The game:  Rollins hit a one-out single in the second.  With two down, Bob Allison and Uhlaender hit back-to-back singles to bring home a run and put the Twins up 1-0.

And that was the only run there was.  The only real White Sox threat came in the second, when Jerry Adair and John Romano hit consecutive one-out singles.  Jim Hicks struck out and Lee Elia popped up, and Chicago did not get another hit the rest of the game.  They did get a pair of two-out walks in the seventh, but Hicks grounded out to end the inning.  The Twins got two on in the seventh and again in the eighth, but they did not score and Kaat made sure they didn't need to.

WP:  Kaat (20-9).  LP:  Peters (11-10).  S:  None.

Notes:  Cesar Tovar was at second base.  Bernie Allen is listed as the starting second baseman, but he only played eighty-nine games there compared to Tovar's seventy-four, so it looks like the two basically shared the position.  Of course, Tovar could play pretty much anywhere on the field.

Rollins was at third base with Harmon Killebrew at first.  The normal lineup was for Don Mincher to be at first and Killebrew at third.  It looks like the Twins essentially used a platoon, with Rollins at third and Killebrew at first against left-handers and Mincher at first and Killebrew at third against right-handers.

Tony Oliva was leading the team in batting at .314.  He would end the season at .307.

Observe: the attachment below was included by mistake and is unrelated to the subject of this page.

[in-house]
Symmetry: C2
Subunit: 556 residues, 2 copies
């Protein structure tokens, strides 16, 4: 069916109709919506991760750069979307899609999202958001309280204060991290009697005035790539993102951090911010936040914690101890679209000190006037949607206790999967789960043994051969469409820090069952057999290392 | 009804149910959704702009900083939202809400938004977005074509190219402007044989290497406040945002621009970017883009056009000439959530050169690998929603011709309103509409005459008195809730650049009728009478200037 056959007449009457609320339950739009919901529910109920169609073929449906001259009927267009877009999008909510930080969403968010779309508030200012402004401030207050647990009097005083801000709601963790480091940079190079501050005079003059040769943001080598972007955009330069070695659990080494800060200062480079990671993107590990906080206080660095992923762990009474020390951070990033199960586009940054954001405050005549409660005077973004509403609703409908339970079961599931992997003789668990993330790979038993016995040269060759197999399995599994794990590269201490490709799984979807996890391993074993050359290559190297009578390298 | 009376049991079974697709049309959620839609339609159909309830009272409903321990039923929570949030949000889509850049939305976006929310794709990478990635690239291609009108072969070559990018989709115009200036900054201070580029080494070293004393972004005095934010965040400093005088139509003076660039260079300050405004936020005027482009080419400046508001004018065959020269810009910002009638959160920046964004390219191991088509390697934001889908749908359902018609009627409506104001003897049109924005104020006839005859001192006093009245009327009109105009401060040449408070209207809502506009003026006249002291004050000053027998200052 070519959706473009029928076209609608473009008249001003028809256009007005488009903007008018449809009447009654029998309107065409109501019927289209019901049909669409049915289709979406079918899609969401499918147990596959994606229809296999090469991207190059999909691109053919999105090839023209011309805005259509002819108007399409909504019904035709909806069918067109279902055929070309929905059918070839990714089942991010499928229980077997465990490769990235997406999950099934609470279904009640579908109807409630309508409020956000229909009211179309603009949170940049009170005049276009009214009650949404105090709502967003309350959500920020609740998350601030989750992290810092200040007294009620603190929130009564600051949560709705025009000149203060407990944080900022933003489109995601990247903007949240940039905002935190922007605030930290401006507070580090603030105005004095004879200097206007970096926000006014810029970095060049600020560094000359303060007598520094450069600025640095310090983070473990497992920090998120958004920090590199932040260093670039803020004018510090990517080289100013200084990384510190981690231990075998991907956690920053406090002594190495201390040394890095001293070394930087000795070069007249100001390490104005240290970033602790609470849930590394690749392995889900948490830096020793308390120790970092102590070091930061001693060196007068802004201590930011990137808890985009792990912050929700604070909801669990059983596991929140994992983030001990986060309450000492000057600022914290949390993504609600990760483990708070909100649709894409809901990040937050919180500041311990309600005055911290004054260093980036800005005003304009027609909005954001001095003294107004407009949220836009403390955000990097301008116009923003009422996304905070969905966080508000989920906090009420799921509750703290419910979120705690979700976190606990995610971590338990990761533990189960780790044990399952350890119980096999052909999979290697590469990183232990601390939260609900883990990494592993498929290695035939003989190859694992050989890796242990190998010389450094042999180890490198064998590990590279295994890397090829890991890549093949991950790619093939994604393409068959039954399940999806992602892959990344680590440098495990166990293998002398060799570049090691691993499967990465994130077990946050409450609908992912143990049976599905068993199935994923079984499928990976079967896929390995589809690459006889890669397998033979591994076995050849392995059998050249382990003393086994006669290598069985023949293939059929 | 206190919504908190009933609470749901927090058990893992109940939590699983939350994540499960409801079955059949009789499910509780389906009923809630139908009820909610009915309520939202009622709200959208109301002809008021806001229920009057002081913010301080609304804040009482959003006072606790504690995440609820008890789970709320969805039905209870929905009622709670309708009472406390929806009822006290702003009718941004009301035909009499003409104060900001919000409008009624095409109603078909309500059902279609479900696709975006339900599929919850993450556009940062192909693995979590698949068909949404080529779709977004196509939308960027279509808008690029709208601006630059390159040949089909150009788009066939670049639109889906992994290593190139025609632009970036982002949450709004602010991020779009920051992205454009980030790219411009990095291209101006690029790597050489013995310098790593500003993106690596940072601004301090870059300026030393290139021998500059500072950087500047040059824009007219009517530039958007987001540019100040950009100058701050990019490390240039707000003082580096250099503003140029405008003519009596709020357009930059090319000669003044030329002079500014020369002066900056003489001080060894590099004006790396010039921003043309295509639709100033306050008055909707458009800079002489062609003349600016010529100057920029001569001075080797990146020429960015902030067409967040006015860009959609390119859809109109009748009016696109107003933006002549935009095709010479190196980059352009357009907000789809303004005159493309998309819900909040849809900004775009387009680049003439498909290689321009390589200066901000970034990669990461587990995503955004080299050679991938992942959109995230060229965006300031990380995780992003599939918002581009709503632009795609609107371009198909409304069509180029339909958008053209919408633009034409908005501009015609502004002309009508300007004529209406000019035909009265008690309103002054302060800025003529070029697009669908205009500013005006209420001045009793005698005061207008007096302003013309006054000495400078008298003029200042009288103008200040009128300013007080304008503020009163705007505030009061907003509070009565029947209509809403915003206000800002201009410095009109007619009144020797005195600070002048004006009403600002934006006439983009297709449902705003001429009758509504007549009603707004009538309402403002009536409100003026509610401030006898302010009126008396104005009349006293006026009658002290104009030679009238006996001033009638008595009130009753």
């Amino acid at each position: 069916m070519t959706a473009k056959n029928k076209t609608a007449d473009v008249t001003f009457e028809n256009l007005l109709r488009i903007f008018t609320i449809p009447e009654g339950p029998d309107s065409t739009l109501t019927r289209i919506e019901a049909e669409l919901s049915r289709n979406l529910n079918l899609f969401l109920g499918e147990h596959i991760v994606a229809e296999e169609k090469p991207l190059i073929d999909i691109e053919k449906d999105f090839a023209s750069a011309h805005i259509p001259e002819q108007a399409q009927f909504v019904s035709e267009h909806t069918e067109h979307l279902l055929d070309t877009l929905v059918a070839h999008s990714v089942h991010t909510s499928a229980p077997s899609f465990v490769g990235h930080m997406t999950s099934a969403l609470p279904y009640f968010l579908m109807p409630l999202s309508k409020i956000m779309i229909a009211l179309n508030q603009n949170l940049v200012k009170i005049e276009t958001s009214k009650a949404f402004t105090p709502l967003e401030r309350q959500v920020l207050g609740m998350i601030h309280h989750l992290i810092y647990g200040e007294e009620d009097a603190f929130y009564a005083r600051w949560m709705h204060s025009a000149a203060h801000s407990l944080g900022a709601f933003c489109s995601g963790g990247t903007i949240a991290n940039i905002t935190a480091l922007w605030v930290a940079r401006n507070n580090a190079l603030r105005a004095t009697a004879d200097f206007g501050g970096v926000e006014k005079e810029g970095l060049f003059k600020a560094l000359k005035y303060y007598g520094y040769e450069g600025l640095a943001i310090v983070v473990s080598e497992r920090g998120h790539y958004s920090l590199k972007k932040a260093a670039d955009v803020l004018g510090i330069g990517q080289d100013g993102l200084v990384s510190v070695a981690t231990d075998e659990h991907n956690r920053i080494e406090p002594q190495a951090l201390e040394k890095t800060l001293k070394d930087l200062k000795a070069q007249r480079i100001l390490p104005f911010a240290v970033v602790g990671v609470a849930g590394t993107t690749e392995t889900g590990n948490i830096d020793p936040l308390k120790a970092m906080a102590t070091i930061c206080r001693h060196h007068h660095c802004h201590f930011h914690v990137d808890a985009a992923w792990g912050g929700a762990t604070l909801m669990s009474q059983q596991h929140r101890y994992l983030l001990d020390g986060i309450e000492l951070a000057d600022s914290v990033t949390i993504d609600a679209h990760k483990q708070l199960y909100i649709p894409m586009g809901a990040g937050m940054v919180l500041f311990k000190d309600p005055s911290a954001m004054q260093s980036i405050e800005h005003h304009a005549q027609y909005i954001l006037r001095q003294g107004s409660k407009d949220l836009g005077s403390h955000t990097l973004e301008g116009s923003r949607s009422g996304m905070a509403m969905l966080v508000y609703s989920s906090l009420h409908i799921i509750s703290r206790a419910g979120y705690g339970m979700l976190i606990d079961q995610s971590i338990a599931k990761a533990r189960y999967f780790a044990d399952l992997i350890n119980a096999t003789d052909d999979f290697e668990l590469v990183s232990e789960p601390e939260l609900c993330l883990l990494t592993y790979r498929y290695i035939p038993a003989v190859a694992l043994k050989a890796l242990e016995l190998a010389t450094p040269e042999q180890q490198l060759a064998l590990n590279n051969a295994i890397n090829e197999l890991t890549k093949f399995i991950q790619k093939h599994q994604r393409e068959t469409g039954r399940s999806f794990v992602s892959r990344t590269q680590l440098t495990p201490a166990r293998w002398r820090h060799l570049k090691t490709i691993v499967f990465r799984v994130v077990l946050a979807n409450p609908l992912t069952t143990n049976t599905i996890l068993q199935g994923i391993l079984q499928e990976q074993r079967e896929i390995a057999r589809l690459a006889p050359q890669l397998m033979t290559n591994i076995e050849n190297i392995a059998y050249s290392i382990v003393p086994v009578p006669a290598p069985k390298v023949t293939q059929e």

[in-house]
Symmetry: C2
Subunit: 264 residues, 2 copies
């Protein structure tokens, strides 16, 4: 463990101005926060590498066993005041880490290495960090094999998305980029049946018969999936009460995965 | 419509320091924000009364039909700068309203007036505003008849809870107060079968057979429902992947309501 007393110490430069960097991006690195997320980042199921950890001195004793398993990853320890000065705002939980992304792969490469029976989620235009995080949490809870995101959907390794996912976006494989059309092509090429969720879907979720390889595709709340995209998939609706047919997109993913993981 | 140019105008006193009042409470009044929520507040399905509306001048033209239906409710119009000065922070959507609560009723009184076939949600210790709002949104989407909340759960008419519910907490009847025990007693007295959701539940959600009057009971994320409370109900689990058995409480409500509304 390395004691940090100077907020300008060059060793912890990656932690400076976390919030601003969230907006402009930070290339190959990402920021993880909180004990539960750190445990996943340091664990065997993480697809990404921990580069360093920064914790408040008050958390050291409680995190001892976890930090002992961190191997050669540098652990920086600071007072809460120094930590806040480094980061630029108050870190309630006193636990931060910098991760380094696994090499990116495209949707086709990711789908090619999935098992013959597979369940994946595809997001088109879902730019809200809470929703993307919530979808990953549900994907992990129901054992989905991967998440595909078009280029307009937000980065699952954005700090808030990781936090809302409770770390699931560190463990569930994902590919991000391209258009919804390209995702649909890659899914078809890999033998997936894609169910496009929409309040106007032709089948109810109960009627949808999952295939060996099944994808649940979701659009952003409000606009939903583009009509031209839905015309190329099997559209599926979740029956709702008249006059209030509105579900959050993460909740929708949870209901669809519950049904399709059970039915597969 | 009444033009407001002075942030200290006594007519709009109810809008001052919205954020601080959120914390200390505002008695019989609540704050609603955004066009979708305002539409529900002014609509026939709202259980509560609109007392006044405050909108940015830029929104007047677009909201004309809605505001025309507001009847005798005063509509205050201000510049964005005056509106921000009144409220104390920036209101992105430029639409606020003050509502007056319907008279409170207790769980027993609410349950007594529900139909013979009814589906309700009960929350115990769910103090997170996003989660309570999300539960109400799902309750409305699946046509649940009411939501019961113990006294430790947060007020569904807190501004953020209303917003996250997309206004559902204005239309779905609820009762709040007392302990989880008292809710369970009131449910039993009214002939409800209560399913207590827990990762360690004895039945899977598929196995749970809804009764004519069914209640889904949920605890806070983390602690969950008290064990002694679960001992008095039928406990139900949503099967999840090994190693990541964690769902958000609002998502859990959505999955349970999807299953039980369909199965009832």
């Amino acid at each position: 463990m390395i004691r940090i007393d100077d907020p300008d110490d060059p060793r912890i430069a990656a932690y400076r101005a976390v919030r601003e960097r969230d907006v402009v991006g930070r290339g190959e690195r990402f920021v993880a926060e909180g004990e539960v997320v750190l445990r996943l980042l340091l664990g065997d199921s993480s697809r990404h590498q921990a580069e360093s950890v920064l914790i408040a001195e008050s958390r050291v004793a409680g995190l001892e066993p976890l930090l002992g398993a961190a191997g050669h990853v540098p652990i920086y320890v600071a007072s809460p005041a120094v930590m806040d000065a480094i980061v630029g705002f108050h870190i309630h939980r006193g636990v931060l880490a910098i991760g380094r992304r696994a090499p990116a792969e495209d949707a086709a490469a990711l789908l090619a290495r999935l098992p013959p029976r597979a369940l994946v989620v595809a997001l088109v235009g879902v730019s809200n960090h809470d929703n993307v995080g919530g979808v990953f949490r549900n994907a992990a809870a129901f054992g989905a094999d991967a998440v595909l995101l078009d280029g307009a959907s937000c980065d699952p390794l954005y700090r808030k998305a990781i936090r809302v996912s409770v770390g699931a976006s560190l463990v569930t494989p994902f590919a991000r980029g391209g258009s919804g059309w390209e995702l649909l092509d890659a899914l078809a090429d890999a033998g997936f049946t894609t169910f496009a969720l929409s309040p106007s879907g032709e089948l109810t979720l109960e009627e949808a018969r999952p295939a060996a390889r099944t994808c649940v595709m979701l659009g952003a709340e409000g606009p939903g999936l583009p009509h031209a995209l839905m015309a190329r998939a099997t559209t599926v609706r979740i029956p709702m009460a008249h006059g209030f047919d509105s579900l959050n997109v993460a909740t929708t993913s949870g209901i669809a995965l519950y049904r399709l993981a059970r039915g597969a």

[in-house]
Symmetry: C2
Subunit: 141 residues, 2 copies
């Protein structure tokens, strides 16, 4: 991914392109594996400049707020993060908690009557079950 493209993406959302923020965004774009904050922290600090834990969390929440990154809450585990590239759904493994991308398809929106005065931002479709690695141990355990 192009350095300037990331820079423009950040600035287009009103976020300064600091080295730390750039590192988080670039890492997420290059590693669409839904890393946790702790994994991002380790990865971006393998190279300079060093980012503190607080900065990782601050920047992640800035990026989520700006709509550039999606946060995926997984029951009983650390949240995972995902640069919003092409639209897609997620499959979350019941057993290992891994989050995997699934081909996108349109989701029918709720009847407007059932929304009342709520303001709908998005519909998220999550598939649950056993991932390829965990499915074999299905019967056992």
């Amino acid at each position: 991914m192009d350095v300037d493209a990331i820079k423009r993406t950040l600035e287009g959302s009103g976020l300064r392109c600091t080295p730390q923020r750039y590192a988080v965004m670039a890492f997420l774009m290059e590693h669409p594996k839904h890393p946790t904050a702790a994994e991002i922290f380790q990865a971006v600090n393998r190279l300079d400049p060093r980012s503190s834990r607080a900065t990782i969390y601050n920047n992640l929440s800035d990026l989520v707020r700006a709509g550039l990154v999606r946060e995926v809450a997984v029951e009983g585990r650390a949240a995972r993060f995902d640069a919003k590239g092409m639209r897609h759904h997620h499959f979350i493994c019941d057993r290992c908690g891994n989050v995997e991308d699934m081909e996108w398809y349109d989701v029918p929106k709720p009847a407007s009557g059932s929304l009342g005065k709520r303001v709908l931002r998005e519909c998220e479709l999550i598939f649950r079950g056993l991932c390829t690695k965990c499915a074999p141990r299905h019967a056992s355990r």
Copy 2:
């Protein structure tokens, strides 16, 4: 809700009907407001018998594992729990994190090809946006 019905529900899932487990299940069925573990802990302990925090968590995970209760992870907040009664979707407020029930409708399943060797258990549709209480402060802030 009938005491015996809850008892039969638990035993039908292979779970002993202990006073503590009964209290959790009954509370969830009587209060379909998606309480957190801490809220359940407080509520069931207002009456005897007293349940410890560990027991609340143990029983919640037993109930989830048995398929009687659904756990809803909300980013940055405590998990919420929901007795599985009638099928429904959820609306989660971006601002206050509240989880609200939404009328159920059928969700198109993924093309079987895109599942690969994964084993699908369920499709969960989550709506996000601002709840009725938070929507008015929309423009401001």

Kaat would finish the season 25-13, 2.75, 1.07 WHIP.  He led the league in wins, starts (41), complete games (19), and innings (304.2).  Had there been separate AL and NL Cy Young Awards back then, he surely would've been in the running.  As it was, though, there was only one Cy Young Award, and it went to Sandy Koufax, who was 27-9, 1.73, 0.99 WHIP and had 27 complete games.

Remarkably, Kaat had only three no-decisions all year.

I wonder when the last time was someone had twenty wins before September.  Bob Welch in 1990 comes to mind, but there certainly may have been someone since then.

The Twins stranded ten men and went 1-for-9 with men in scoring position.

The Twins had nine hits and Chicago had three.  All the hits were singles.

Record:  The Twins were 69-61, in third place in the American League, fourteen games behind Baltimore.  They would finish 89-73, in second place, nine games behind Baltimore.

The White Sox were 66-64, in sixth place in the American League, seventeen games behind Baltimore.  They would finish 83-79, in fourth place, fifteen games behind Baltimore.